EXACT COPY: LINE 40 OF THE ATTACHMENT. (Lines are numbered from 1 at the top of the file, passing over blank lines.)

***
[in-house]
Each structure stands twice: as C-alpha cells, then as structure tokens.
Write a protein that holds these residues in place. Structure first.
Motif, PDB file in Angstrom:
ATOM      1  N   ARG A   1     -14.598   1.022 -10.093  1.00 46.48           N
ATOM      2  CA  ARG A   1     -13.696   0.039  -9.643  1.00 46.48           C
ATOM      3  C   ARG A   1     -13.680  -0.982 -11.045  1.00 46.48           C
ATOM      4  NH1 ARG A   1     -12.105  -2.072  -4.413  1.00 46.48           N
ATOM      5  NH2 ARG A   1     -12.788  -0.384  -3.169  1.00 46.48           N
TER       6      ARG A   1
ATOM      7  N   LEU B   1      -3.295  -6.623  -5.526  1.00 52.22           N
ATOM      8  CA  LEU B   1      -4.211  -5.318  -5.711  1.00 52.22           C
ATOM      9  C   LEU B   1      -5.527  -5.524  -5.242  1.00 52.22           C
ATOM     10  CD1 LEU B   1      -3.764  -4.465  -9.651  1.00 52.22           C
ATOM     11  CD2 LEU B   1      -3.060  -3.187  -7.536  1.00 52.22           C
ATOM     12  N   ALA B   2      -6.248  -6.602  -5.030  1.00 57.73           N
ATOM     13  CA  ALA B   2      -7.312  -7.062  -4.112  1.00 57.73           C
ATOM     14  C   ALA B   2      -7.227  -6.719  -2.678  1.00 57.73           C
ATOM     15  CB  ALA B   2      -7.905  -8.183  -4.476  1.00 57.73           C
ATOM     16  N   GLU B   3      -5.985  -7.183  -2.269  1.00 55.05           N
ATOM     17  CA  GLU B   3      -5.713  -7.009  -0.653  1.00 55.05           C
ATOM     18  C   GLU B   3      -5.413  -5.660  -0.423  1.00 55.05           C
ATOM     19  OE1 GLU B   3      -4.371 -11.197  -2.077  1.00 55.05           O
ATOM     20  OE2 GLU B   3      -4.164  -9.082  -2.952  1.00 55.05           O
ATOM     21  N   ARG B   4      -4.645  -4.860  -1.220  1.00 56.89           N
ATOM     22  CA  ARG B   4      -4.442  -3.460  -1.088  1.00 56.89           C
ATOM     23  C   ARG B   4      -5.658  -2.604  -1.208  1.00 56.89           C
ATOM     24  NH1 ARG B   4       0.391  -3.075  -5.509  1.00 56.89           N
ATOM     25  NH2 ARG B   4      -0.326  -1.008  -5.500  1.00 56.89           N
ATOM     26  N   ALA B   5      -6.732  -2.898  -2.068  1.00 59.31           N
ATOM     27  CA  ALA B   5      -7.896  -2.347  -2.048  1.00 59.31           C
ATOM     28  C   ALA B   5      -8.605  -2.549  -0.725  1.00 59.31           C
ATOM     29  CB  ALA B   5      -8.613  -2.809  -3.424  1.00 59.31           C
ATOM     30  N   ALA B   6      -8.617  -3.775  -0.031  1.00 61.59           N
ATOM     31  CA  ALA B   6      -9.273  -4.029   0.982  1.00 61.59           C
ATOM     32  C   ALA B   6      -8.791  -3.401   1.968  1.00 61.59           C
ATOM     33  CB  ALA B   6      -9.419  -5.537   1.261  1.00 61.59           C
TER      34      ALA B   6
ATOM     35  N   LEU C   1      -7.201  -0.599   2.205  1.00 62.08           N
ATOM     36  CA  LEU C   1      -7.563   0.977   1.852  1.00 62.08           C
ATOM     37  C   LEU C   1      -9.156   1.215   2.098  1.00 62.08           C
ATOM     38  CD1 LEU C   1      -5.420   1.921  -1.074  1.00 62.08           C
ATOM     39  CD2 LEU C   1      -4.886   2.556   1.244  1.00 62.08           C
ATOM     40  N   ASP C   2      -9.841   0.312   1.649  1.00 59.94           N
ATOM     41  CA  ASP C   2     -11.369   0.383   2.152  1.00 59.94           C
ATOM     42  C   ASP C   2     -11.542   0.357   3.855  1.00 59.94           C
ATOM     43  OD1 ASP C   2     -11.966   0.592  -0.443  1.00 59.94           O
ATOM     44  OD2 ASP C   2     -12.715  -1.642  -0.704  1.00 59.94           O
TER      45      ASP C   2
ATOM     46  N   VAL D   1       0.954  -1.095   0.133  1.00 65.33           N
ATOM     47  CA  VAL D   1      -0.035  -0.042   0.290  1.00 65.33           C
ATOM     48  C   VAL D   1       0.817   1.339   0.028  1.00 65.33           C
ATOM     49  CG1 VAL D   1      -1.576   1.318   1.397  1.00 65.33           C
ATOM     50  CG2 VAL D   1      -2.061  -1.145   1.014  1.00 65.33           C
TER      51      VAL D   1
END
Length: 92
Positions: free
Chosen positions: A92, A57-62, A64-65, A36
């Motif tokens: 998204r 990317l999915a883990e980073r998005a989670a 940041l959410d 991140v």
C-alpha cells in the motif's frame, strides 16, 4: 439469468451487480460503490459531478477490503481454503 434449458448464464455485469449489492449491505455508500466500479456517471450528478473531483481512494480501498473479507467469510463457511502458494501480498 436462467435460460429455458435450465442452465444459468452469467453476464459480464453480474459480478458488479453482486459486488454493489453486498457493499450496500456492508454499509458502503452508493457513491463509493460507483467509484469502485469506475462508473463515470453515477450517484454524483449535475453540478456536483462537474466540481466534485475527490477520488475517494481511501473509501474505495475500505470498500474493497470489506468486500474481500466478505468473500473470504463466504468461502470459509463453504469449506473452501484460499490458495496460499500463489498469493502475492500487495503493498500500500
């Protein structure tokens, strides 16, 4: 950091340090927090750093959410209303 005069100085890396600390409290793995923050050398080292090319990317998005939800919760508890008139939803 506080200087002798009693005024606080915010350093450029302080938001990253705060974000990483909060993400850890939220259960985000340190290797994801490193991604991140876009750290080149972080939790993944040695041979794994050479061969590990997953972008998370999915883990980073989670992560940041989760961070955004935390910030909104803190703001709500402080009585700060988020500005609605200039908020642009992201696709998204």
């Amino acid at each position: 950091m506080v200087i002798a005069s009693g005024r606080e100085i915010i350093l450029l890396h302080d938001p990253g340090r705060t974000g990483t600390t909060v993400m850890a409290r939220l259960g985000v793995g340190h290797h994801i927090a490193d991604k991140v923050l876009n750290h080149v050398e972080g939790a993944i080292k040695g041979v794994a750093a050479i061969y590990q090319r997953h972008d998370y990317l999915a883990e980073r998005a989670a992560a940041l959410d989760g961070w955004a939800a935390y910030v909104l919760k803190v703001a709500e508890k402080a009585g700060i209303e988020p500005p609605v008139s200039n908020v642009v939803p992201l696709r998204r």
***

ATOM     36  CA  LEU C   1      -7.563   0.977   1.852  1.00 62.08           C